Keep Your Dog Safe in the Water This Summer

Thin-coated or dogs with short white fur need sunblock on exposed skin, such as the nose and ears, and lightweight clothing to protect the rest of their body from sunburn — or better yet, keep them in the shade of a beach umbrella. While you can find products made just for dogs, you can also make do with a waterproof children’s sunblock — just keep your dog from licking it off until it has time to soak in. Even dogs with lots of protective fur can end up with a sunburn if they have light-colored noses, by the way. Don't laugh it off: Sun exposure is a surprisingly common cancer trigger in dogs.

For boating, your dog should wear a life preserver just like everyone else on board does. Look for one with a handle, so you can easily get your pet back in the boat if he goes over the side. Life vests are also a good idea for dogs who don’t swim well, puppies and older dogs.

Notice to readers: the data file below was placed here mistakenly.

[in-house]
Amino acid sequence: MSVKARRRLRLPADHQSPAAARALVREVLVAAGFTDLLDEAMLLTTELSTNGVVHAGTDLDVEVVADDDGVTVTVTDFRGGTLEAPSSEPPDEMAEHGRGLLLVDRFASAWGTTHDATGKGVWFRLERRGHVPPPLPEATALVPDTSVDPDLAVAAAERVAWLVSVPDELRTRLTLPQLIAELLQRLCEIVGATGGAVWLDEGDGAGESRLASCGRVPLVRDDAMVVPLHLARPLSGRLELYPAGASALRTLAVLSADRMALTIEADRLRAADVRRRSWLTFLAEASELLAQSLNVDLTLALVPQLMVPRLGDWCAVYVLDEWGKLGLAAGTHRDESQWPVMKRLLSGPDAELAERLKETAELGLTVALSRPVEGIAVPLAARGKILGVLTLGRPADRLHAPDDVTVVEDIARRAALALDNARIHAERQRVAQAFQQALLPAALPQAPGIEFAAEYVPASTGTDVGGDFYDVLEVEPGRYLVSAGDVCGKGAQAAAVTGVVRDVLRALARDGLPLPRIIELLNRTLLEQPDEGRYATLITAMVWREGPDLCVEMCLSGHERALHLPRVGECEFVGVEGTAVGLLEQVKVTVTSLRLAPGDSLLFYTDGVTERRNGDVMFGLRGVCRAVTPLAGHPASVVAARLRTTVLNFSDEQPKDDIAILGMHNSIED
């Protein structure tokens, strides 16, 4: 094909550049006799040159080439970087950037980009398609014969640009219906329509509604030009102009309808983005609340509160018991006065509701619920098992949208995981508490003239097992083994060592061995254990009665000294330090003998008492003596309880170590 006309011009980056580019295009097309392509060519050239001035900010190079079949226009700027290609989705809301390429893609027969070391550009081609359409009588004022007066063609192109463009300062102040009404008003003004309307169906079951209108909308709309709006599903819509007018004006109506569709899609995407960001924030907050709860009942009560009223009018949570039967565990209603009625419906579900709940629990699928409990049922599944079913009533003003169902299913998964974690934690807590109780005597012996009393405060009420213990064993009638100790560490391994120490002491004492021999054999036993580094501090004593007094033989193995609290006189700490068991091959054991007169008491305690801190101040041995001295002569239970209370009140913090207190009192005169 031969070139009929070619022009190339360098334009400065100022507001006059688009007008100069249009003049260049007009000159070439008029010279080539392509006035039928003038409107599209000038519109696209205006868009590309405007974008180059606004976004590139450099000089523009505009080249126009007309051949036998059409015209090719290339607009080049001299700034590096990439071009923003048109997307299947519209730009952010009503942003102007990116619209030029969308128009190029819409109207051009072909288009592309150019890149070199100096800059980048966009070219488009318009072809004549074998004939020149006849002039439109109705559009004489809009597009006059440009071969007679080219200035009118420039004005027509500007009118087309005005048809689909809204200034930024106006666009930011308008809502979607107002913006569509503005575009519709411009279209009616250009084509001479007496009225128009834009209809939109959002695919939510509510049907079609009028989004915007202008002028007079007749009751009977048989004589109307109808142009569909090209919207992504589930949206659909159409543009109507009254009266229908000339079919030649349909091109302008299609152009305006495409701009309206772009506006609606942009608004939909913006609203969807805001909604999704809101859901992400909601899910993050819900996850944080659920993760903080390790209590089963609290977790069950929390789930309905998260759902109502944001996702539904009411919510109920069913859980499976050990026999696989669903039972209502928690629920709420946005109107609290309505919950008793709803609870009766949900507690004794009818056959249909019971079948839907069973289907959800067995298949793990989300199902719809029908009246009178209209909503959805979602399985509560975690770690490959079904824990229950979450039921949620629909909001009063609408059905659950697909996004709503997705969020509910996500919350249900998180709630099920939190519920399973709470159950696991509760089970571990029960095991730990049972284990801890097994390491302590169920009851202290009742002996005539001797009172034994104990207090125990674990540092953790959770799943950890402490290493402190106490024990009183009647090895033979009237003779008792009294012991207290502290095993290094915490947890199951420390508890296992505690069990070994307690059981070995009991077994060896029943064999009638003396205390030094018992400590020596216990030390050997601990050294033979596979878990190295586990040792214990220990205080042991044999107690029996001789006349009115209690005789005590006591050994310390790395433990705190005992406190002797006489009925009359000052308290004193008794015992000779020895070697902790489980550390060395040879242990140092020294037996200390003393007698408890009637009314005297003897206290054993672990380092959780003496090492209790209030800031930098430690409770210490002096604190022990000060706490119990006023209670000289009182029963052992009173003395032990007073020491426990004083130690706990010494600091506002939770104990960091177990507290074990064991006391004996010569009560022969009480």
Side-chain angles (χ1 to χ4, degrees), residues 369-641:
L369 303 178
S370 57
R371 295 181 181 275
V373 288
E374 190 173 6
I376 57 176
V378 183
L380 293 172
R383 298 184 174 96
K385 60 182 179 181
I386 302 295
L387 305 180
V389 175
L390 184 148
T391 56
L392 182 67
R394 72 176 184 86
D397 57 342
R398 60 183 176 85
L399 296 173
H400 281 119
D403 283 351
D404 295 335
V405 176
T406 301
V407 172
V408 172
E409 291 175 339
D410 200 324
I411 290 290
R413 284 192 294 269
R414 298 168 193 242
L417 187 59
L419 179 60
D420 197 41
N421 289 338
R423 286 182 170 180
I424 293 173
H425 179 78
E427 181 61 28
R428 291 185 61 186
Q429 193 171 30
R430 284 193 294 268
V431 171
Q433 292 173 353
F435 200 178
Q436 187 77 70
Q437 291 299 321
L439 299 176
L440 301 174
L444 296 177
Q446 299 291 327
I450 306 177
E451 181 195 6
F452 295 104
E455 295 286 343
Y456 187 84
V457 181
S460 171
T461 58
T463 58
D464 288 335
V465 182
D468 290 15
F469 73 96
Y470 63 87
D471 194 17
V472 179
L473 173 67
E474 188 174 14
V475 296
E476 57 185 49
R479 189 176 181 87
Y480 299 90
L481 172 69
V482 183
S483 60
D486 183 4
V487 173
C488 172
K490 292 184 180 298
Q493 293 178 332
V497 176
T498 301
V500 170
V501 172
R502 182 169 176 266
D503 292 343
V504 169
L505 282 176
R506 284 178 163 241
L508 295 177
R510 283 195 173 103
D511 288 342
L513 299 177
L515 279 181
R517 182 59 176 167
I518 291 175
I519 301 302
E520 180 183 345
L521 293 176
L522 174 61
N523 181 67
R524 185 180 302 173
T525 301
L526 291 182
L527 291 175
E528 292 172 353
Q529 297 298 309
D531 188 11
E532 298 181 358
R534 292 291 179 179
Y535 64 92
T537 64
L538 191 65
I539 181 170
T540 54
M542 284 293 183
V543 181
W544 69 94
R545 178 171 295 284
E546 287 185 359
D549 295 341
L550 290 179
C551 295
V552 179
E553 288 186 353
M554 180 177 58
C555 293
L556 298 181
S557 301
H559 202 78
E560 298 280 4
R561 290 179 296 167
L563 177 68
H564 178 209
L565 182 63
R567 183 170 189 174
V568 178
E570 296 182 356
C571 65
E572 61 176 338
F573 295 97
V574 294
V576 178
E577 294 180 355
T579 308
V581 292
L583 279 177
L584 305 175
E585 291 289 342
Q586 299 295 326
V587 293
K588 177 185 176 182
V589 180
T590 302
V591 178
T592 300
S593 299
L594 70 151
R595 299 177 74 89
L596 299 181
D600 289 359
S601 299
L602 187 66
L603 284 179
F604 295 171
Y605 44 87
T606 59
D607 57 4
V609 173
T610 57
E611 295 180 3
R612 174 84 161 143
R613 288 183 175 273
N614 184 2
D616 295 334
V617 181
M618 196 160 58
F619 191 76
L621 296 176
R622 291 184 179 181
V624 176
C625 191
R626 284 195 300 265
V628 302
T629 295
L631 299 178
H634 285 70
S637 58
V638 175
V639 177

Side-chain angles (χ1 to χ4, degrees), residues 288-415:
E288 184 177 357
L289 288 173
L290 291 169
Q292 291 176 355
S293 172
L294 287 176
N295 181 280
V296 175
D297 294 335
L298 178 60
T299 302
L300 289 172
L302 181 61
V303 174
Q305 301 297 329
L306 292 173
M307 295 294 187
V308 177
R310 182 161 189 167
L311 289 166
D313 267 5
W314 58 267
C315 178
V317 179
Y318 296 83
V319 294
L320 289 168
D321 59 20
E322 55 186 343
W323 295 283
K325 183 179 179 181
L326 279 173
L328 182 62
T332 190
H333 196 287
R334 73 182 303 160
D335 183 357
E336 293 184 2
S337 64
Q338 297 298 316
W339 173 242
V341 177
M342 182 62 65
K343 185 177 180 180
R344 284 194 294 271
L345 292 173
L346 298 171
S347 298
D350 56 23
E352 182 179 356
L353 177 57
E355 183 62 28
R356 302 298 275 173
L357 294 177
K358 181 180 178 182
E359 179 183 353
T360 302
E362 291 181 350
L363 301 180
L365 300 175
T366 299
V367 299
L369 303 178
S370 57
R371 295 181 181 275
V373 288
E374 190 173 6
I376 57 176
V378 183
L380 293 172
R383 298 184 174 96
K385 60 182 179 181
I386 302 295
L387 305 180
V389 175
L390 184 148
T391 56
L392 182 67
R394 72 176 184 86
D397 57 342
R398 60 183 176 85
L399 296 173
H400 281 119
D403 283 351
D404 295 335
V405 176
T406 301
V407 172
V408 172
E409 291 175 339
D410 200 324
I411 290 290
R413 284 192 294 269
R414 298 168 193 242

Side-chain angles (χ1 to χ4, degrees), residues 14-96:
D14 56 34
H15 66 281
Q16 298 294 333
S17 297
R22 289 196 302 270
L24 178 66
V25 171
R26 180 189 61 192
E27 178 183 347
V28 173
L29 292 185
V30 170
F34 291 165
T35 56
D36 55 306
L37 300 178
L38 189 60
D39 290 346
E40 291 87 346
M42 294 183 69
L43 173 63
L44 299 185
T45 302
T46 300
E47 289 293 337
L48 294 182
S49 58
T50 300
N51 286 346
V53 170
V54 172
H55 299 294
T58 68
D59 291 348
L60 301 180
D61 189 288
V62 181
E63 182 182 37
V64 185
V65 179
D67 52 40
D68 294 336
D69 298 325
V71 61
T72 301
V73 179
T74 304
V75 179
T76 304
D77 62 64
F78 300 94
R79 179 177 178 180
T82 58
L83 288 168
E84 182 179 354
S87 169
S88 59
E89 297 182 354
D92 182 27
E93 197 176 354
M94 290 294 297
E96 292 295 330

Finally, choose a ramp for your boat or dock that your dog can use too, and teach her how to use it.

Be Aware of Changing Conditions

Before you let your dog in the water, take a look around and heed any warning signs. Riptides are dangerous for dogs as well as people, and hungry sharks won’t avoid taking a bite of your dog given the opportunity. If conditions aren’t safe for people, they’re not safe for dogs. In rivers, be aware of currents, and in all bodies of water, look out for underwater debris. In the mountains, the beach can be hot — but the water can be very, very cold. Beware!

While no one wants a good day to end, don’t ever take a chance on the day turning tragic. If water conditions aren’t safe or if the weather turns ugly, grab your dog and head for home. The same is true if your dog seems tired or hot.

I'd rather see you and your dog live to play another day.


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